The gums produced were rheological characterized, and the results are shown in Table 1. The gums produced in this work were typically non-Newtonian pseudoplastic fluids. The gum produced with propionate salt presents higher value of consistency index; the gum produced with butyrate salt presents lower value of consistency index but higher flow index. So, gums with different characteristics can be produced for specifically uses in industries. Song et al. (2006) studied the rheology of concentrated xanthan gum solution and obtained for 1% w/w a consistence index (K) 8.5 and flow rate index (n) of 0.14.

The apparent viscosity (ƞa) can be obtained as a function of the rheological parameters (K and n) and the deformation rate (γ), as reported in the literature (García-Ochoa et al. 2000; Song et al. 2006) as Equation 2.

          ƞa = K·γ(n-1)

[Equation 2]

Similarly, it is possible to predict apparent viscosity values for same values of deformation rate. In the present study, all cultivations were made under the same stirring conditions and were performed in flasks with similar geometrical configuration to guarantee the same deformation rate. Hence, it can be said that the gum produced with propionate salt presented high consistency index value indicating an apparent viscosity value higher than those obtained with the other salts. This result corroborates that observed in the growth curve (Figure 1a), in which cell death was detected in the assay with propionate (30 hrs of growth) due to the decrease in the dissolved oxygen level necessary for the cell growth and survival. The second highest consistency index value was verified for the gum produced with acetate salt, which was also the second assay in which cell death was detected after around 80 hrs of growth. When comparing butyrate and citrate, it should be considered that despite their similar values of consistency index, the flow index (n) is different, i.e. for the same stirring rate imposed on the system, the apparent viscosity of medium with citrate will be lower than that of the medium with butyrate. Therefore, this result confirms the values of timing and cell death shown in Figure 1a, that is, time of cell death at 150 hrs of growth for butyrate, with higher apparent viscosity level compared to that of acetate, and time of cell death at 150 hrs of growth for acetate.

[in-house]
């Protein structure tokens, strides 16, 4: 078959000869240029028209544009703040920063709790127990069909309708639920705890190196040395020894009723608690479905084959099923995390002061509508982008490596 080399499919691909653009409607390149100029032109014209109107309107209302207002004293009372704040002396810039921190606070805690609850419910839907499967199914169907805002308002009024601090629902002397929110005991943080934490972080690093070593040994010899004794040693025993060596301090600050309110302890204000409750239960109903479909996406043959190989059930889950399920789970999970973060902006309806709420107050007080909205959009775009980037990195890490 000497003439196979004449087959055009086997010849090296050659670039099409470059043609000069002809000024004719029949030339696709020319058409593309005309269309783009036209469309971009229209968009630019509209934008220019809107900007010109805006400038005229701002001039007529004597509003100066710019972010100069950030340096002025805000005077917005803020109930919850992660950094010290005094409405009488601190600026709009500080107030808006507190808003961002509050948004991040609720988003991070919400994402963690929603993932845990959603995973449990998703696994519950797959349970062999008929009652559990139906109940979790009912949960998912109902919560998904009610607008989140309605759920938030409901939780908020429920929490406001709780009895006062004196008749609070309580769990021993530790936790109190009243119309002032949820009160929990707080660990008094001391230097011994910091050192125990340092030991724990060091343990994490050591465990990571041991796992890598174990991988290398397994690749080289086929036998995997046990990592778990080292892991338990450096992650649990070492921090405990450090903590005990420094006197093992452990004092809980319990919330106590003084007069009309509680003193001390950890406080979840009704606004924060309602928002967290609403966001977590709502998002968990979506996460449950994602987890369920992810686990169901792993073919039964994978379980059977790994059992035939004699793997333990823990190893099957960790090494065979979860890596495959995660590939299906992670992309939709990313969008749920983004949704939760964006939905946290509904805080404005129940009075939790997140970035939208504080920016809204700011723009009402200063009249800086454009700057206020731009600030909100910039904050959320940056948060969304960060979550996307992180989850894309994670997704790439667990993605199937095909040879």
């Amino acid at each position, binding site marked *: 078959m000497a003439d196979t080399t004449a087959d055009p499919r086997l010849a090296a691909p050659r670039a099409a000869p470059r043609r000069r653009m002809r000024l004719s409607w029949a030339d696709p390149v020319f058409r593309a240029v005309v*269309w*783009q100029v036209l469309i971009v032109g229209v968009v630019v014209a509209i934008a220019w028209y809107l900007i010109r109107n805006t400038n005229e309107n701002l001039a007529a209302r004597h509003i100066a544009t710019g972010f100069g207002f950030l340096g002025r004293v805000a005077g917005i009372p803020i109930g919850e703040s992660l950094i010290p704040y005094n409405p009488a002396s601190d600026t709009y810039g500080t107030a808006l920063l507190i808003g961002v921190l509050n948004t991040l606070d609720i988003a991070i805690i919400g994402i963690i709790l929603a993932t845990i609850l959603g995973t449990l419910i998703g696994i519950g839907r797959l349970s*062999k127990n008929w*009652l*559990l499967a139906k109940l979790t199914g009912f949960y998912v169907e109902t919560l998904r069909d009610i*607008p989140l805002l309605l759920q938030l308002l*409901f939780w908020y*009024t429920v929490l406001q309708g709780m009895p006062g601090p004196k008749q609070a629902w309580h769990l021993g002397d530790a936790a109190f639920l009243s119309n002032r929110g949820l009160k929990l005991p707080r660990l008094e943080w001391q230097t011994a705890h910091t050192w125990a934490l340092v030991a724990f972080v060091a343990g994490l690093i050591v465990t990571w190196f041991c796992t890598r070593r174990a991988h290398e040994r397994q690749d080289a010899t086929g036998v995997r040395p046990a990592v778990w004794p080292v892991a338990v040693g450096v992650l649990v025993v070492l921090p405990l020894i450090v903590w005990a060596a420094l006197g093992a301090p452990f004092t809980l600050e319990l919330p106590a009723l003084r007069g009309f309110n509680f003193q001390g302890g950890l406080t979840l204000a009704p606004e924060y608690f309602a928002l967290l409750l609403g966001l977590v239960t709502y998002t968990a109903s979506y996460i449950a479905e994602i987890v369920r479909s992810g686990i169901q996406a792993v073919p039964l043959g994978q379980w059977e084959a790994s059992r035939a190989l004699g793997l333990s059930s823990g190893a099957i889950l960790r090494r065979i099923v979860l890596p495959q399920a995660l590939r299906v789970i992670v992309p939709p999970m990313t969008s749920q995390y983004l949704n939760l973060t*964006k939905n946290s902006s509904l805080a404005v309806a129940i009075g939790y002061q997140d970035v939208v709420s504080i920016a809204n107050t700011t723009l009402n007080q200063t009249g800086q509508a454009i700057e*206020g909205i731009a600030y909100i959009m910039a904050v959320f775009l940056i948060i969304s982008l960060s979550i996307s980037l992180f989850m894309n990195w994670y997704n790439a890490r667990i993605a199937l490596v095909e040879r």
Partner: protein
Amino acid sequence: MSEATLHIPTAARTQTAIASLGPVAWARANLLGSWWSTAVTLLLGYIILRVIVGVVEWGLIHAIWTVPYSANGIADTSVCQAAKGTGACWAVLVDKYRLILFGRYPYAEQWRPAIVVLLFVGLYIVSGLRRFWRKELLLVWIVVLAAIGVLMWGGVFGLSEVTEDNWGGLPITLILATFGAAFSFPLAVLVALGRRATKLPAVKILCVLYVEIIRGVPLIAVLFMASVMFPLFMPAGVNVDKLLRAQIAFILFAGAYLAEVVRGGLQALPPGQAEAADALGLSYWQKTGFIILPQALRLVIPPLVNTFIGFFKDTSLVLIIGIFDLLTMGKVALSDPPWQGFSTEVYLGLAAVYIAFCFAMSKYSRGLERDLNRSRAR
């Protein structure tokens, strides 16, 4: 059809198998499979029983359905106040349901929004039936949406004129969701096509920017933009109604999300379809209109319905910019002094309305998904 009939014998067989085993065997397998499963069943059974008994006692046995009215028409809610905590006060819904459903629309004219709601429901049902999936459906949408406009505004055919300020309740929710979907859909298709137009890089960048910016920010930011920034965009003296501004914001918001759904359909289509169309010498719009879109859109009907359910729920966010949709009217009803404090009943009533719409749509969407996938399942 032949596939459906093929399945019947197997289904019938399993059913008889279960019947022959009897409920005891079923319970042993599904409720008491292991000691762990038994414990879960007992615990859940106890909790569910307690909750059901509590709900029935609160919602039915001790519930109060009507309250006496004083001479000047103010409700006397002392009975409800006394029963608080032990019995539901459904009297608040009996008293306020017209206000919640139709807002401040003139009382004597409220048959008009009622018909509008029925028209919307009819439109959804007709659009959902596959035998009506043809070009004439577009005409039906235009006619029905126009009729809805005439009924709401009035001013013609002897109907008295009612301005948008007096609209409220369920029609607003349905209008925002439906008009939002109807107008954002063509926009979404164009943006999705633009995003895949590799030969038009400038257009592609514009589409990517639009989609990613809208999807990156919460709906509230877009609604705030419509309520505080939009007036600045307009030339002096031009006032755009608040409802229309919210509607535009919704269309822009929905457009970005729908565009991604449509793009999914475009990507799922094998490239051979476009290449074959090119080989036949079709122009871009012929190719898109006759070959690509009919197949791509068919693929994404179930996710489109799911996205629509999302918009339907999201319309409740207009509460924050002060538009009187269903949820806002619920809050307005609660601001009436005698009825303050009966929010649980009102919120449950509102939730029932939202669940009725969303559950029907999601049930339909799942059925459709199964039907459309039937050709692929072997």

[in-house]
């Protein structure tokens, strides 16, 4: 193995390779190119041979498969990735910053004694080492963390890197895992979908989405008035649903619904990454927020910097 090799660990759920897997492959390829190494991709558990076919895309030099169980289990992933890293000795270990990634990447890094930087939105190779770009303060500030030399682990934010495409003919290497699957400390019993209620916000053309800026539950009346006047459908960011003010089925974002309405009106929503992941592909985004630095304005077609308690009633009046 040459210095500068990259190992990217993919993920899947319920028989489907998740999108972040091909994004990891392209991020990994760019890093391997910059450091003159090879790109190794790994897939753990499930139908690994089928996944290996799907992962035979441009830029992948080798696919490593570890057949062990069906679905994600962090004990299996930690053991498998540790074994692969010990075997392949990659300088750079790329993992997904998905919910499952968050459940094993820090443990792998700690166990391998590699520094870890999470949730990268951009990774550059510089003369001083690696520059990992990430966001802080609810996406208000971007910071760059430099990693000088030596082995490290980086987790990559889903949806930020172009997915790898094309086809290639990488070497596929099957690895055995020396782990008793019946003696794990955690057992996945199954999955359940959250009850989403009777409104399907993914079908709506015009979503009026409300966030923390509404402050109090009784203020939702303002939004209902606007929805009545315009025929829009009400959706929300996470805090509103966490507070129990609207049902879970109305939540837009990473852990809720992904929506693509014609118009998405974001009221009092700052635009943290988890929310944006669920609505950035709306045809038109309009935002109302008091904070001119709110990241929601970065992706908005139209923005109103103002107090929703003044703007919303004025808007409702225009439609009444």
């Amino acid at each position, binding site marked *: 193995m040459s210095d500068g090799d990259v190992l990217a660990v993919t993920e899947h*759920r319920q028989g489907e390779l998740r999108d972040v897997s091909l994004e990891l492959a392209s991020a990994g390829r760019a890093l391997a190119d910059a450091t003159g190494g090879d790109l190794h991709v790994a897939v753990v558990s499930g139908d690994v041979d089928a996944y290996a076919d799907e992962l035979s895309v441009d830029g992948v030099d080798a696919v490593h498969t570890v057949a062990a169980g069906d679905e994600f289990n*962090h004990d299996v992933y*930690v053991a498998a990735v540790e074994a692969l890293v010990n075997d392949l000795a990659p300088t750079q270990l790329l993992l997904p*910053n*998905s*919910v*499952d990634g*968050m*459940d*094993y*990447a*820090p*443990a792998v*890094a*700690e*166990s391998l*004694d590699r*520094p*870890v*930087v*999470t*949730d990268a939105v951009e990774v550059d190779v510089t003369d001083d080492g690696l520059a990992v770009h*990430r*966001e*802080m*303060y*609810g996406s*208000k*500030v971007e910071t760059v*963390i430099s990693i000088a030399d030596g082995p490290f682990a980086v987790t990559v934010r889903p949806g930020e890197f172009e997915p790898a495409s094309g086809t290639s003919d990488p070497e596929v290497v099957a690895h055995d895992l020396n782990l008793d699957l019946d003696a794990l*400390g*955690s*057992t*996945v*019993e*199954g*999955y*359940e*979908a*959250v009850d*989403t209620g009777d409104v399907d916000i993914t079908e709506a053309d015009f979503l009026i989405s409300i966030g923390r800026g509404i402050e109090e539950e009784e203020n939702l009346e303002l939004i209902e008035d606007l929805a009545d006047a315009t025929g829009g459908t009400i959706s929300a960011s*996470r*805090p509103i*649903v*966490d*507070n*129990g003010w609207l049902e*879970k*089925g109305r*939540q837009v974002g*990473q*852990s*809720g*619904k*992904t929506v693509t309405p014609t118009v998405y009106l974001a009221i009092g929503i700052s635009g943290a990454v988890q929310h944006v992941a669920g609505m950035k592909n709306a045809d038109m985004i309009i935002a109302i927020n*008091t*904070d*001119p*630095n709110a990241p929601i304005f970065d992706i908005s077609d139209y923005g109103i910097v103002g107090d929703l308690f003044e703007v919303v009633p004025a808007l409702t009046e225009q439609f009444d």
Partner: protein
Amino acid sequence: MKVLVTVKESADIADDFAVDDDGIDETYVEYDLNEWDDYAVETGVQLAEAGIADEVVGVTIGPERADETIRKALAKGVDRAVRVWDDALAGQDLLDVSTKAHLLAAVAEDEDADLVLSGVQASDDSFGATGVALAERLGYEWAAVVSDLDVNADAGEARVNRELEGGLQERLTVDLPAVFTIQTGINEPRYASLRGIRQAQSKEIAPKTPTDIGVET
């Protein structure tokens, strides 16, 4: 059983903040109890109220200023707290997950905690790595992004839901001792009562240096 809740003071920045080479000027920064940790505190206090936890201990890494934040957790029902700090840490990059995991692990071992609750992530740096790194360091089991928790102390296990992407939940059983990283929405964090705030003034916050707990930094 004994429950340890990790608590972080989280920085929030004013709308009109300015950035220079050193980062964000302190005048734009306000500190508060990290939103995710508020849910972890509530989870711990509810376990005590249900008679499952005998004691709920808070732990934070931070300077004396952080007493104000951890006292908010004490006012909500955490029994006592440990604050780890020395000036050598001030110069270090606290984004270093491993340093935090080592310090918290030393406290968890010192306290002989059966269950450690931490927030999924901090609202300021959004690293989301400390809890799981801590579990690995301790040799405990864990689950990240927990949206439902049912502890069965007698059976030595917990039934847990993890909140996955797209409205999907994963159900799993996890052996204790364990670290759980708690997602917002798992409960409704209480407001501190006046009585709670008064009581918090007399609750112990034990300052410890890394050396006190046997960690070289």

The authors are grateful for the financial support (Thematic Project, Proc. no. 05/51702) and fellowship (granted to Jose Alberto Correa Leite Proc. no. 07/54930-8) provided by FAPESP.